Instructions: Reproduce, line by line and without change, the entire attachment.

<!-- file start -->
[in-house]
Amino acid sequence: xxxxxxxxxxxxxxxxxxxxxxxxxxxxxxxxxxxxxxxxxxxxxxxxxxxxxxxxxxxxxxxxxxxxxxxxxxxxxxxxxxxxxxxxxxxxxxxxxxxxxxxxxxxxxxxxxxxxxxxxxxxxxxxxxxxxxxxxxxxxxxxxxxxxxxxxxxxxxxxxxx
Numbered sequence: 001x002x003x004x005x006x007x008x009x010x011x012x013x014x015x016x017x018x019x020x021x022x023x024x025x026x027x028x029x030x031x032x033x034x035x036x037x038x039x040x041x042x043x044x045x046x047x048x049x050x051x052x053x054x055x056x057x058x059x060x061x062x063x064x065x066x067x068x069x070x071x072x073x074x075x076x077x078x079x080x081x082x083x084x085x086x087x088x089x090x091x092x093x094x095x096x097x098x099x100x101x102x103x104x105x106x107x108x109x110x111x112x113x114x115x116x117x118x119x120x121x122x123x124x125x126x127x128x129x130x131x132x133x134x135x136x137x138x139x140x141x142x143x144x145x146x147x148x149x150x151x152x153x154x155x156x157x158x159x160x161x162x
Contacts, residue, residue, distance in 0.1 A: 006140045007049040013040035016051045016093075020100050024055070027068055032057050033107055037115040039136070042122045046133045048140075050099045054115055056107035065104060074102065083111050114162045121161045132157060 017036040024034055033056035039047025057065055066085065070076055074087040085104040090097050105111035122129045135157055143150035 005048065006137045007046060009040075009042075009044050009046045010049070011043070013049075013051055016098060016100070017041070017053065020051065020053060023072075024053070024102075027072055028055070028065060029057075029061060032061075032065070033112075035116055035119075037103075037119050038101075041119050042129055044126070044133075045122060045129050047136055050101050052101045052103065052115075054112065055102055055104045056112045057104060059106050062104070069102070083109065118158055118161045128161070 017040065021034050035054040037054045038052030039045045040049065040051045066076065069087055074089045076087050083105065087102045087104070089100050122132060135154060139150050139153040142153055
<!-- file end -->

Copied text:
[in-house]
Amino acid sequence: xxxxxxxxxxxxxxxxxxxxxxxxxxxxxxxxxxxxxxxxxxxxxxxxxxxxxxxxxxxxxxxxxxxxxxxxxxxxxxxxxxxxxxxxxxxxxxxxxxxxxxxxxxxxxxxxxxxxxxxxxxxxxxxxxxxxxxxxxxxxxxxxxxxxxxxxxxxxxxxxxx
Numbered sequence: 001x002x003x004x005x006x007x008x009x010x011x012x013x014x015x016x017x018x019x020x021x022x023x024x025x026x027x028x029x030x031x032x033x034x035x036x037x038x039x040x041x042x043x044x045x046x047x048x049x050x051x052x053x054x055x056x057x058x059x060x061x062x063x064x065x066x067x068x069x070x071x072x073x074x075x076x077x078x079x080x081x082x083x084x085x086x087x088x089x090x091x092x093x094x095x096x097x098x099x100x101x102x103x104x105x106x107x108x109x110x111x112x113x114x115x116x117x118x119x120x121x122x123x124x125x126x127x128x129x130x131x132x133x134x135x136x137x138x139x140x141x142x143x144x145x146x147x148x149x150x151x152x153x154x155x156x157x158x159x160x161x162x
Contacts, residue, residue, distance in 0.1 A: 006140045007049040013040035016051045016093075020100050024055070027068055032057050033107055037115040039136070042122045046133045048140075050099045054115055056107035065104060074102065083111050114162045121161045132157060 017036040024034055033056035039047025057065055066085065070076055074087040085104040090097050105111035122129045135157055143150035 005048065006137045007046060009040075009042075009044050009046045010049070011043070013049075013051055016098060016100070017041070017053065020051065020053060023072075024053070024102075027072055028055070028065060029057075029061060032061075032065070033112075035116055035119075037103075037119050038101075041119050042129055044126070044133075045122060045129050047136055050101050052101045052103065052115075054112065055102055055104045056112045057104060059106050062104070069102070083109065118158055118161045128161070 017040065021034050035054040037054045038052030039045045040049065040051045066076065069087055074089045076087050083105065087102045087104070089100050122132060135154060139150050139153040142153055